When my small group crossed to the right of the Mbarara- Masaka road and got near the barrack’s fence, I found there another Obote fighter who became my comrade known as Opio. I worked with him thereafter until 1980 when I lost contact with him.
Ageta, whom I had not met before or since, was so happy with me that when the remnants of us went back to Tanzania, he appointed me a Corporal and a Section Commander for one of the 4 Sections that we got out of the 46 remnants that survived out of the 330 fighters that had attacked the Mbarara Town and Barracks that morning.
If you are not working for the enemy, you cannot go on the social-media and demand that we publish the names of the personnel of UPDF, their ranks and their jobs.
The only thing we can say and what you know is that recruitment into the Police and UPDF is by quota. Beyond that, leave our Army alone and I mean, leave our Army alone.
Also preaching sectarianism on the media (social and otherwise), should stop. Although I am always ready to explain, also remember that such false allegations, carelessly or maliciously made, are criminal.
The ideology of the NRM starts with the economy (market) and social interests (education, health, religion). I went to school, not mainly because of the Banyankore, but, actually because of some Baganda and one White man. How? In the 1950s, there were not many Banyankore business People.
Yet, some of the Baganda People had started doing business. Two of them, Walusimbi Mpanga and Bukyenya (Bukenya of Mbarara), were cattle traders (buying cattle for slaughtering in Kampala and Mbarara). These traders would periodically buy the cows Mzee Kaguta would bring to the cattle auction markets of Ntungamo or Rubaare or Kagarama, thereby getting money to solve his home money needs but also pay my school fees.
The other economic ally of ours was a Whiteman known as Shear, who had a home at Ishaka. He was buying cattle for Kilembe Mines workers.
In this relationship, you see three elements: economic complementarity (prosperity); education (school fees); and health (Mzee Kaguta could even go to private clinics run by Indian doctors that time-Patels etc.). Even today, those inter- community linkages are the most important for our People for economy, education, health, religion etc. Why don’t our tribal groups buy our surplus sugar, milk, maize, bananas, cement etc.? That ideology of sectarianism is pseudo and bankrupt and you should stop pushing falsehoods.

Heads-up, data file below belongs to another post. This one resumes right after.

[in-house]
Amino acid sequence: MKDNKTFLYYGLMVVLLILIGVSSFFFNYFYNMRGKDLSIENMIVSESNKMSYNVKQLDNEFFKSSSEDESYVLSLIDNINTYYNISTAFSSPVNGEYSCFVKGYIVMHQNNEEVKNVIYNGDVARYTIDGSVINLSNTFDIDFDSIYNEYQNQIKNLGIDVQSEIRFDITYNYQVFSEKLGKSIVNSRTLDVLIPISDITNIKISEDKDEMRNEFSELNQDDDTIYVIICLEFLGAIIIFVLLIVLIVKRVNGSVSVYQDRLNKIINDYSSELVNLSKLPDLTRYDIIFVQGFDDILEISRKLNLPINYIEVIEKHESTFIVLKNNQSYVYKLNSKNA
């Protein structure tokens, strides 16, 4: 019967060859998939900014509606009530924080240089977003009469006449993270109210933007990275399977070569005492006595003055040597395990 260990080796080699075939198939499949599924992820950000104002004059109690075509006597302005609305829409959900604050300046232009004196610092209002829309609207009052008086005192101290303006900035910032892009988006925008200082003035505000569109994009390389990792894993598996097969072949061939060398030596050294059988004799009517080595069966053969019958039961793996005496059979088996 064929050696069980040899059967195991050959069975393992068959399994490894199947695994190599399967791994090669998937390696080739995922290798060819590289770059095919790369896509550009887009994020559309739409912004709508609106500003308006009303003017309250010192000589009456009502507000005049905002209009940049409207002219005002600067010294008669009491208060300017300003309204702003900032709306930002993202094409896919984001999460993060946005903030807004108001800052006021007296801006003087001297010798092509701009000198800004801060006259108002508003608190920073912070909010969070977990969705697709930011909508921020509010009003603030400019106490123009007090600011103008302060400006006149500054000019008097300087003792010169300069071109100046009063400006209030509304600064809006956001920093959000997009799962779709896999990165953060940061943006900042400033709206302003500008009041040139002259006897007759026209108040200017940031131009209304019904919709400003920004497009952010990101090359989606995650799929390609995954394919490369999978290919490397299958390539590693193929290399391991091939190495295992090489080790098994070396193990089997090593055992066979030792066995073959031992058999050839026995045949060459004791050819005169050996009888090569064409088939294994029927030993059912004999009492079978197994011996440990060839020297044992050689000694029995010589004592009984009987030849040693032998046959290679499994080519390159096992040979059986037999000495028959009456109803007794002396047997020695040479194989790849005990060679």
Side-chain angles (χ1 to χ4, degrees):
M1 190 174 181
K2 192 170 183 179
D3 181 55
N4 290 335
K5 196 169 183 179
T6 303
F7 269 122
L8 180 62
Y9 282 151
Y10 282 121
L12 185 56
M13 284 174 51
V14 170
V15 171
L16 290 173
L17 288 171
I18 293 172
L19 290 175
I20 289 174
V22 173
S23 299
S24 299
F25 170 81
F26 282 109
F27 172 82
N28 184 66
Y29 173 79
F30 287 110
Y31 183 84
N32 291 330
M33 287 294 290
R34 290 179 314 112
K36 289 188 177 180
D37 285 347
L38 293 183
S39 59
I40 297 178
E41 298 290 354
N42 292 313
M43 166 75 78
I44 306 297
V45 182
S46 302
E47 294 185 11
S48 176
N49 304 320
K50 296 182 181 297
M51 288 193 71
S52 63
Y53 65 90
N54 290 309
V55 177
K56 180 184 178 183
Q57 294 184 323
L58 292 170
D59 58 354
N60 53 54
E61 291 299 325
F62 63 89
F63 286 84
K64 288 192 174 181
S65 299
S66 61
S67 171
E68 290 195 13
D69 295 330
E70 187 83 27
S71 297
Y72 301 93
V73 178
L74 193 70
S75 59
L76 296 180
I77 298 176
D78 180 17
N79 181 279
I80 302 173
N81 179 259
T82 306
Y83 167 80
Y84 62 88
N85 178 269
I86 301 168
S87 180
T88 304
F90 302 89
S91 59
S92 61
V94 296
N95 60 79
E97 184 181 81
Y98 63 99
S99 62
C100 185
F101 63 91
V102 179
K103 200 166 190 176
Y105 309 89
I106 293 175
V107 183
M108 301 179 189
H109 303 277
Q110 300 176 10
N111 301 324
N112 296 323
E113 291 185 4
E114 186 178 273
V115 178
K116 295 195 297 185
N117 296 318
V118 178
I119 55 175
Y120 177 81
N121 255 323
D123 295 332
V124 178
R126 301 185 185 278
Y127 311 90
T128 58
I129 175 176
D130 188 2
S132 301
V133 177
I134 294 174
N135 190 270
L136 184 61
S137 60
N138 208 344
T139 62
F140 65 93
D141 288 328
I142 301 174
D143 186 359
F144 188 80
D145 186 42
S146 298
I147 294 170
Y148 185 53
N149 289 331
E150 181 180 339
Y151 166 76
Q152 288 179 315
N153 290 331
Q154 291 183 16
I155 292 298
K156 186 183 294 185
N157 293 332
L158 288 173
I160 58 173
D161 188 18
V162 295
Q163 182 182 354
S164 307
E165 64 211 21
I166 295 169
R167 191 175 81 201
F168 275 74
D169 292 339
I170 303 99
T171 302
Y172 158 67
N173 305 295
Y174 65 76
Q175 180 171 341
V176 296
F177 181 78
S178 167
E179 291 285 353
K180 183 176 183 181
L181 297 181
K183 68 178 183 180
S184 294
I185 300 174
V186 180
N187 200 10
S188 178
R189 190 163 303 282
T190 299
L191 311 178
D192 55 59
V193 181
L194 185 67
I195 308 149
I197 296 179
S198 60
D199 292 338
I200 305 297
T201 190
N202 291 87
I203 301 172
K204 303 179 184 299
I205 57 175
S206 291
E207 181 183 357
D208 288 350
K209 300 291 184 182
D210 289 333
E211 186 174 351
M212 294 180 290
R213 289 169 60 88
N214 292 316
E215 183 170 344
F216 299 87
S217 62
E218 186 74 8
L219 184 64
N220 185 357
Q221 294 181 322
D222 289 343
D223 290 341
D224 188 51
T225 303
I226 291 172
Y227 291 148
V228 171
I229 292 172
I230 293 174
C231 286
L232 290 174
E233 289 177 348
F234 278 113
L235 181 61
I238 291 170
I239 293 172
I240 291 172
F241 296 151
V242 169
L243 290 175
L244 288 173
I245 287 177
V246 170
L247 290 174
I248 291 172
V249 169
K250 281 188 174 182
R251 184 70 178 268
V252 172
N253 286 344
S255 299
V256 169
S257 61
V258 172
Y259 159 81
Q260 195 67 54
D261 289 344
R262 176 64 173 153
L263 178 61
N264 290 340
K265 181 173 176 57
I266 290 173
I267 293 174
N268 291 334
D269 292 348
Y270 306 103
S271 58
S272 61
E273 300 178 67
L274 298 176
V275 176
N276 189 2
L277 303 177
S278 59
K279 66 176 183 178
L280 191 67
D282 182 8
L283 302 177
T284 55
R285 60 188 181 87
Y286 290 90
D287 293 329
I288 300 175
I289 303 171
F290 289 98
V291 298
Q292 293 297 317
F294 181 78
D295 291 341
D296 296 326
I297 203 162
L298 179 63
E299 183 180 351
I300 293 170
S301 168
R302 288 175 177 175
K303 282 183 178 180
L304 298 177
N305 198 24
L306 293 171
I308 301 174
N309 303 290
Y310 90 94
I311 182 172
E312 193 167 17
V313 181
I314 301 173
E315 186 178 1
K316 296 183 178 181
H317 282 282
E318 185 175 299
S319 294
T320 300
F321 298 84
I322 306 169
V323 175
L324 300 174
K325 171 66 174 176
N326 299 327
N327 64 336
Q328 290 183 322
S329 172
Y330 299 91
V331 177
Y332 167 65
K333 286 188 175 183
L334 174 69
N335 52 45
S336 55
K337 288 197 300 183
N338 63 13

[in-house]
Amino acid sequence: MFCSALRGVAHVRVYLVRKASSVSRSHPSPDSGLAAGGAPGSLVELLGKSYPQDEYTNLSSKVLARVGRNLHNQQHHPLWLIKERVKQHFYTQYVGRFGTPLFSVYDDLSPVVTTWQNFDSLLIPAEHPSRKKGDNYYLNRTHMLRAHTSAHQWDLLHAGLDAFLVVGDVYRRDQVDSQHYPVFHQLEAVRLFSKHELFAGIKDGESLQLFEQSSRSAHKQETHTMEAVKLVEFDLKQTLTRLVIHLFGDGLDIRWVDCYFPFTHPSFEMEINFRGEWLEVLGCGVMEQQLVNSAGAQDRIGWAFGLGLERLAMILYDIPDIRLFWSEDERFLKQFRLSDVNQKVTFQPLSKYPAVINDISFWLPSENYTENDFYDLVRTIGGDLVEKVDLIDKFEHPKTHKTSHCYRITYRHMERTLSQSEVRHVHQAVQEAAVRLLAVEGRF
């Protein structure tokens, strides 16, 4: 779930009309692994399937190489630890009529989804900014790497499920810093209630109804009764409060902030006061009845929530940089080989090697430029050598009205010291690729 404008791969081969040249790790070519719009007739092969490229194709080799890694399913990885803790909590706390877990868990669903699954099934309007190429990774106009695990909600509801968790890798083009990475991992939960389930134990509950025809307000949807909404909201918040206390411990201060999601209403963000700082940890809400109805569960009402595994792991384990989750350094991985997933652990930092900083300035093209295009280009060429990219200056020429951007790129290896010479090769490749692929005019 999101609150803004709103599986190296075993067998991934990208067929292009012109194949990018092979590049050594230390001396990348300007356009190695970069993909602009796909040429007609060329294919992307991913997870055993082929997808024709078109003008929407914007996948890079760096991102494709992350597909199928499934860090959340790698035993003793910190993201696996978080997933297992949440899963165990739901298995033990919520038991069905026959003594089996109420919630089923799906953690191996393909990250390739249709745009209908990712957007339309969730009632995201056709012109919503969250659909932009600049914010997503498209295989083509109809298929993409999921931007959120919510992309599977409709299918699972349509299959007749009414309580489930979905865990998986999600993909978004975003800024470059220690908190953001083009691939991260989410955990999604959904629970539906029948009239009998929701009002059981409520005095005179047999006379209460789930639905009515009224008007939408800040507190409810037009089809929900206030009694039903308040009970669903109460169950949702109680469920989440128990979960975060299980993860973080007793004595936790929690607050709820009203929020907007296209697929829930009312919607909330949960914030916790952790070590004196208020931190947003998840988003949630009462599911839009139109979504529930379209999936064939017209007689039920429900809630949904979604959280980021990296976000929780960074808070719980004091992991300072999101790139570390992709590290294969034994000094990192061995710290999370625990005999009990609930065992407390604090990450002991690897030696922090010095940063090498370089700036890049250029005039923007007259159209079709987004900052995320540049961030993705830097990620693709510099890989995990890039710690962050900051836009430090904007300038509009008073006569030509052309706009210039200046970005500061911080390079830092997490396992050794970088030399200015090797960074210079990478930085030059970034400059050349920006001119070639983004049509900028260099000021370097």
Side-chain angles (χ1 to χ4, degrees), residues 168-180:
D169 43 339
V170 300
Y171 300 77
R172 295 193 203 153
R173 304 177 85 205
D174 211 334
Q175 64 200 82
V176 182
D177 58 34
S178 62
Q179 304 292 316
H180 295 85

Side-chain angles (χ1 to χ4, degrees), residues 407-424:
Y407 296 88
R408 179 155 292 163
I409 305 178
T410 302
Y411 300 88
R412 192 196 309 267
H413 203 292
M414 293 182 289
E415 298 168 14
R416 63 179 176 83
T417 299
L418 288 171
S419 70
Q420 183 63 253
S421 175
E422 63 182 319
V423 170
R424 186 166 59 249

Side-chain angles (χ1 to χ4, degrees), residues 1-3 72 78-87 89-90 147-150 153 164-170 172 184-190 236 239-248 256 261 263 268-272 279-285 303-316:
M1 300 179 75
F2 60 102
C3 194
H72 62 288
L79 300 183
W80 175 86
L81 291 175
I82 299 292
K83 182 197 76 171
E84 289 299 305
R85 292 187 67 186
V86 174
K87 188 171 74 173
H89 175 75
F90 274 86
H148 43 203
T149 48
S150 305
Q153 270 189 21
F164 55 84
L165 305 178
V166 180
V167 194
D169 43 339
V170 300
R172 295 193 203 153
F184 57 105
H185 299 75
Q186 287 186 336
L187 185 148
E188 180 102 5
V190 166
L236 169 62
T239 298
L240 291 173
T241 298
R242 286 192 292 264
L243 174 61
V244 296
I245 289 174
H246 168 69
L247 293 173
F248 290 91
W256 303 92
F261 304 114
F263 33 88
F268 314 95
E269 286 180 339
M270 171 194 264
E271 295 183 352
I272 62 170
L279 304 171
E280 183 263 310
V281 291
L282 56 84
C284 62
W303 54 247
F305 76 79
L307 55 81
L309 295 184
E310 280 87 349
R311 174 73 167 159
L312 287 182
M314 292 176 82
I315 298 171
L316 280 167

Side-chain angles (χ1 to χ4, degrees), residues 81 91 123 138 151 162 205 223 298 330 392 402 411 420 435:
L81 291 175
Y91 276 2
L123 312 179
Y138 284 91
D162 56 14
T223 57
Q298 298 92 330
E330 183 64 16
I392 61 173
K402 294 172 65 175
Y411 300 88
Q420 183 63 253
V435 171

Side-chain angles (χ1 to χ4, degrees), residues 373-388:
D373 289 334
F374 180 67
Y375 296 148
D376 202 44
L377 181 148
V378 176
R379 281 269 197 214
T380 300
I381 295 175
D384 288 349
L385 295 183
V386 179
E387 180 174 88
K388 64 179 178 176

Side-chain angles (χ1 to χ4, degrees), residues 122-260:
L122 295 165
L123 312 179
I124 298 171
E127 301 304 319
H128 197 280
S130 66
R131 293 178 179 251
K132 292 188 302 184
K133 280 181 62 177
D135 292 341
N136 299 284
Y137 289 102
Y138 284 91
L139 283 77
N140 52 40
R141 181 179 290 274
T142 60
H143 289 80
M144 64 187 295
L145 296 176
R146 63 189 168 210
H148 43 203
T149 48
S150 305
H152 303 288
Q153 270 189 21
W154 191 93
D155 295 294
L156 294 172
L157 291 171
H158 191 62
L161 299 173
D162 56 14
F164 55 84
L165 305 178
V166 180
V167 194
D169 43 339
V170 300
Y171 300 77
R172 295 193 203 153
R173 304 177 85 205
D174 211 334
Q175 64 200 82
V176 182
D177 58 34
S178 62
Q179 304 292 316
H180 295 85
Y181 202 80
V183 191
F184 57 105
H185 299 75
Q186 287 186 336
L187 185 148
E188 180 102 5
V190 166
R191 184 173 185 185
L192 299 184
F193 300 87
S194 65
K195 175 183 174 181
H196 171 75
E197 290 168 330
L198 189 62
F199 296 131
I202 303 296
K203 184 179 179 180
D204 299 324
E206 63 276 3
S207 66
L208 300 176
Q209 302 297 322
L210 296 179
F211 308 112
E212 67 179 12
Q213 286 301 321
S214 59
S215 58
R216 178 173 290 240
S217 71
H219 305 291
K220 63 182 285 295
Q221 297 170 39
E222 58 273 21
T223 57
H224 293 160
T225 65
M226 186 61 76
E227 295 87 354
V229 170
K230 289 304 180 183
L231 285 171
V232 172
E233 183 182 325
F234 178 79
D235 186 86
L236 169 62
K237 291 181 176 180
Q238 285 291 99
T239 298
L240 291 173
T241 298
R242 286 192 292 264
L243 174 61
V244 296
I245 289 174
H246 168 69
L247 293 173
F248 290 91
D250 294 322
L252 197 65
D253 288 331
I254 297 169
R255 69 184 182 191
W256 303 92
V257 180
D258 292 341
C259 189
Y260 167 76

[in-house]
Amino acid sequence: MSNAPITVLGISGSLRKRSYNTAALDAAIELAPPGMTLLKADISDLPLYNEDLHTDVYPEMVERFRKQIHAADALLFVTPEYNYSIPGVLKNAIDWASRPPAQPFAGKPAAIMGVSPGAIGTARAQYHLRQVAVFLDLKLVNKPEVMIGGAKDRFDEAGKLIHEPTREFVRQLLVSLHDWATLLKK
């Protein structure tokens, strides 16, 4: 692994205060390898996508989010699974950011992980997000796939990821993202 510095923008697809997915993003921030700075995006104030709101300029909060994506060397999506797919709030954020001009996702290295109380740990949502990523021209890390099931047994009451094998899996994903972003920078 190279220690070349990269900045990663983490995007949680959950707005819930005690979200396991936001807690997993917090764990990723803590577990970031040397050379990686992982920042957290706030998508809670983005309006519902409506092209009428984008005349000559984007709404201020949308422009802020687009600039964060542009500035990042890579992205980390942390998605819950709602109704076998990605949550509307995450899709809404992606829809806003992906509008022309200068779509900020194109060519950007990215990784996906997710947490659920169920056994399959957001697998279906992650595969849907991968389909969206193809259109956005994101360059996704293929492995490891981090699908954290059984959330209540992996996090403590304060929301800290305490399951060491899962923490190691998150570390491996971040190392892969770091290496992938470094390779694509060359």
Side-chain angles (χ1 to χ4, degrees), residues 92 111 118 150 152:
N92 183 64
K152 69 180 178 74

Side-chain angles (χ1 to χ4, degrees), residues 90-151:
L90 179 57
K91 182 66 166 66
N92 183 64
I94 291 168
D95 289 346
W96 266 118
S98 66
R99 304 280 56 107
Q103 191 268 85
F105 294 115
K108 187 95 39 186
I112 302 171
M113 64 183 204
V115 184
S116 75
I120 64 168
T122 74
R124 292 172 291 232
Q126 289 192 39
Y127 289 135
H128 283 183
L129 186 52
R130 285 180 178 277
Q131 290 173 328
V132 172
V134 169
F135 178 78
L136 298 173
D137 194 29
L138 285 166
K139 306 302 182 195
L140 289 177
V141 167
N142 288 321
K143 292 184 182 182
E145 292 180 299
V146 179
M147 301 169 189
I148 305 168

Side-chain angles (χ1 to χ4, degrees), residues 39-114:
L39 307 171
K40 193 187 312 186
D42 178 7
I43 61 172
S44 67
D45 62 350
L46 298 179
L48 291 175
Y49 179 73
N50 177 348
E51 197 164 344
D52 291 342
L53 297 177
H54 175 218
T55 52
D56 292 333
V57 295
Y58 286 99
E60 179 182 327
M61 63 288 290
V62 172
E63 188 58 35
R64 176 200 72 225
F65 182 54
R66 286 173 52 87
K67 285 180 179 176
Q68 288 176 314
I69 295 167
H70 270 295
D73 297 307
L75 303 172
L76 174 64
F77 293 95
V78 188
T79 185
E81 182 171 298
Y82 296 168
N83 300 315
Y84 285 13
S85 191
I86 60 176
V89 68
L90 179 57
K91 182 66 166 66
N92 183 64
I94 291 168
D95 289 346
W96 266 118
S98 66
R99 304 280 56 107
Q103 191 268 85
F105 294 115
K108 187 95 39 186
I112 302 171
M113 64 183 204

One of the ways to solve the problem of surplus production is to struggle for the deeper integration of the East African markets and not to talk of tribalism.
It is because of that realization, the realization that the different communities support one another by buying the products or using the services of one another, that I used the expression of not Kulinya mu sowani the Ugandans kwebalira.
The market of Uganda, the market of East Africa, the market of Africa are the sowanis kwetulira (the producers of products – agricultural, industrial, services etc.).
The producers prosper because of the purchasing power of Ugandans, East Africans, etc. I am prosperous because the People of Uganda buy my beef (bullocks) and my milk. The Arcade owners and other shop owners in Kampala have been prosperous because the Ugandans buy their products.
Our pockets make those Arcade and shop owners prosperous by us buying their products. The only problem has been that those shop owners were mainly selling foreign products that can be made here; thereby, sucking a lot of wealth and jobs from Uganda and taking them to Dubai, China etc.”